The City of Maitland is in the lower Hunter Valley in New South Wales on the banks of the Hunter River. It has a growing population of approximately 70,000.
A gentleman cleaning up outside Carr Bros Stock & Station Agents after the Maitland Flood, 1955: Lucey Collection
Ray Williams - Secretary, Maitland Main Miners' Federation Lodge. Recorded 11 December 1989. Part 1/2.
Ray Williams - Secretary, Maitland Main Miners Federation Lodge. Recorded 11 December 1989. Part 2/2.
Athel D'Ombrain (1901-1985) - optical dispenser, naturalist, photographer. Recorded 12 July 1983. Part 2/2.
John Turner Collection
The first European inhabitants of Maitland were convicts who were allowed by the government to colonise the land after their indenture ended. Originally known as Wallis Plains after a Commandant of Newcastle, Maitland was surveyed in 1829. Maitland’s central position in the Hunter Valley and proximity to the shipping port of Morpeth quickly made it a hub of transport and commerce. Many came seeking a better life, including Scottish, English, Irish, German and Jewish migrants. The alluvial flats of Maitland were promising for farmers; however, devastating droughts and floods swept the town. The connection of Maitland to Newcastle by railway in 1857 and subsequent rail connections secured Maitland as a transport hub of the Hunter Valley.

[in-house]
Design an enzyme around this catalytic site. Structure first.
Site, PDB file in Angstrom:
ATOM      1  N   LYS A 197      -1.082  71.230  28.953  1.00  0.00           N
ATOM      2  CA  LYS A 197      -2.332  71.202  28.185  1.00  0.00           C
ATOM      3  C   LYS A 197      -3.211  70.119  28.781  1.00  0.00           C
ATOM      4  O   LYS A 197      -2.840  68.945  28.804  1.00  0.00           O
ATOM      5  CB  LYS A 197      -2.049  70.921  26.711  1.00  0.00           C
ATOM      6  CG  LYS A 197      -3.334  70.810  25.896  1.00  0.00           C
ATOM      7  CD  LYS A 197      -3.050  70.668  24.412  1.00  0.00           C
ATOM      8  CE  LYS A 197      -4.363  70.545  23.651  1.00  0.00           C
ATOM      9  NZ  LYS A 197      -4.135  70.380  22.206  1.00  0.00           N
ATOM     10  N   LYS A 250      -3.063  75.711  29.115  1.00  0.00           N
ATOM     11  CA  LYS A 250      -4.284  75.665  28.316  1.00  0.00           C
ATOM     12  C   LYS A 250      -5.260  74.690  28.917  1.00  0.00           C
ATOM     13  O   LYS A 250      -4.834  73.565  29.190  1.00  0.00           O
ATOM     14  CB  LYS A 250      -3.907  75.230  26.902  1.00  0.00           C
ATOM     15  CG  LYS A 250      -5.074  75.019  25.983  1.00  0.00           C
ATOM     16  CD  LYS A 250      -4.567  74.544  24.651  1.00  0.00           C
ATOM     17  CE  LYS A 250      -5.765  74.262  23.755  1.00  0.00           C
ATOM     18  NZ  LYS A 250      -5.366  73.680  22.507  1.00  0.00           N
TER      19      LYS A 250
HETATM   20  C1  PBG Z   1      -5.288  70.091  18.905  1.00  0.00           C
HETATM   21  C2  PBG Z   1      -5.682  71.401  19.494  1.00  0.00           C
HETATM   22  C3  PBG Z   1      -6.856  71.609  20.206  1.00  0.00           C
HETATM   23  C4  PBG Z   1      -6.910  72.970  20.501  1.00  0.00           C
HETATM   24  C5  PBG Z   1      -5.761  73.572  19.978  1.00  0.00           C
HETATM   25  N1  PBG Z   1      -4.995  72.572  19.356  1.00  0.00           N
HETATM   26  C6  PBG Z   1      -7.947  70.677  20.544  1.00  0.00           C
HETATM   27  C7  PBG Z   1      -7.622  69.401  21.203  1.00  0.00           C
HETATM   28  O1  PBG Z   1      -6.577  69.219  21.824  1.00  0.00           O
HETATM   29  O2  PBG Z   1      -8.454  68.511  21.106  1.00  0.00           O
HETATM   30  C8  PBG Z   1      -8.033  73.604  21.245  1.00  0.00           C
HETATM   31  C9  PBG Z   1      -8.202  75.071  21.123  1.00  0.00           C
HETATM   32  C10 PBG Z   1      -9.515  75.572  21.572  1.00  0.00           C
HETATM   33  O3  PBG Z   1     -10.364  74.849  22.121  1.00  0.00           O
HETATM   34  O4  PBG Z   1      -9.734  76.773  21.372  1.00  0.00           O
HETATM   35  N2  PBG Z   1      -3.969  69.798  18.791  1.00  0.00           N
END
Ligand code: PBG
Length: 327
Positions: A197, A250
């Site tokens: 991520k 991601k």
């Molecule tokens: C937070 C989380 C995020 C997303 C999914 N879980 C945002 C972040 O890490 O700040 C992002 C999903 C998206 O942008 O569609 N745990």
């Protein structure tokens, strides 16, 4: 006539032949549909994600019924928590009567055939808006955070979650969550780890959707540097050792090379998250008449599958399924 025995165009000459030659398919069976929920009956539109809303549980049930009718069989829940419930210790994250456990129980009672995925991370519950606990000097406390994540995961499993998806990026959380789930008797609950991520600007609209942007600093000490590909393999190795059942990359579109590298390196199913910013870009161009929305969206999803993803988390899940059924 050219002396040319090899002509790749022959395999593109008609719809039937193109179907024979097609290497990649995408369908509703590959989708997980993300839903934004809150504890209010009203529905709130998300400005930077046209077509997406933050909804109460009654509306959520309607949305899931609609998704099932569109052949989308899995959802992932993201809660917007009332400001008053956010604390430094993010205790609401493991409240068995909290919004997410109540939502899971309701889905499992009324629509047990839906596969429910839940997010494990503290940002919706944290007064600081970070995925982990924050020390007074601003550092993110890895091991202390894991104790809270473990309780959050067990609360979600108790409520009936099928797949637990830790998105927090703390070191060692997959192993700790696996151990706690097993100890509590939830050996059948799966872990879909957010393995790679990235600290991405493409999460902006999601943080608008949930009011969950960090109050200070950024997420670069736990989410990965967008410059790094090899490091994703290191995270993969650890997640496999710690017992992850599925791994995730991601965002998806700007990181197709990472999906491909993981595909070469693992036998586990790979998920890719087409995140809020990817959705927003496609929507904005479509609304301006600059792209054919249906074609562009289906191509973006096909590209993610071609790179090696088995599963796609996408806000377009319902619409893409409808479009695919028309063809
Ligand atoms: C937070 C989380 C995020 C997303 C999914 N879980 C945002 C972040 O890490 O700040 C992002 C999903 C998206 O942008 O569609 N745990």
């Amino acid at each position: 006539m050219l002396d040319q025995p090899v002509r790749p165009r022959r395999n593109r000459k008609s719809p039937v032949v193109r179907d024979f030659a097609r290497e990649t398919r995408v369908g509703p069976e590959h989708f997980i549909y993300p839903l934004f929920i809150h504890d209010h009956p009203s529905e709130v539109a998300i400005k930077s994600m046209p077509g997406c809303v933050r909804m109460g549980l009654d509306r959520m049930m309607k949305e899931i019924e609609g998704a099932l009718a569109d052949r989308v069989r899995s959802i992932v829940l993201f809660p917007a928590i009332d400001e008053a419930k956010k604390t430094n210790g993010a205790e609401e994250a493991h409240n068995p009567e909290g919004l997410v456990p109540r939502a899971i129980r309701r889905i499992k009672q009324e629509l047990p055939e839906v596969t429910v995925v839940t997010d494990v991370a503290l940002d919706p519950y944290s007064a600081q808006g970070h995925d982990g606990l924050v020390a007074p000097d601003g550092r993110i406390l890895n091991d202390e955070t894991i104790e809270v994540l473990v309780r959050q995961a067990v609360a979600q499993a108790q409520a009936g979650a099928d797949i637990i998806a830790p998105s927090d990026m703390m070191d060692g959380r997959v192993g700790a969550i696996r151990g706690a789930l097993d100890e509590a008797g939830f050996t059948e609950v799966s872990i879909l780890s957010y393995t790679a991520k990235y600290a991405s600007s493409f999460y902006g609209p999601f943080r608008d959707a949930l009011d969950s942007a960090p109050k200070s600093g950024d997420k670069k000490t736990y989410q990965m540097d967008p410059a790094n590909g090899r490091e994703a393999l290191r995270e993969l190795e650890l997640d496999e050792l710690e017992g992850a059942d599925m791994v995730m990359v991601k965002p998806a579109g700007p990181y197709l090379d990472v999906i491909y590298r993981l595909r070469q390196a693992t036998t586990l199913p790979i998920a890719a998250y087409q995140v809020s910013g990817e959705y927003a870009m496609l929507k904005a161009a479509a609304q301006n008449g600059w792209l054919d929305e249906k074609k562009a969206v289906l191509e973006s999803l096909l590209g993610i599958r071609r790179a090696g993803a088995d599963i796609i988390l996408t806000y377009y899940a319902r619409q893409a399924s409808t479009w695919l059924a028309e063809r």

The Hunter Valley coal industry also touched Maitland. J & A Brown started their business by mining at Four Mile Creek near East Maitland. The discovery of high quality coal by Sir Edgeworth David at Deep Creek (near Abermain) encouraged development of the South Maitland coalfields and Greta coal seam. This industry was supported by the building of the private South Maitland Railway.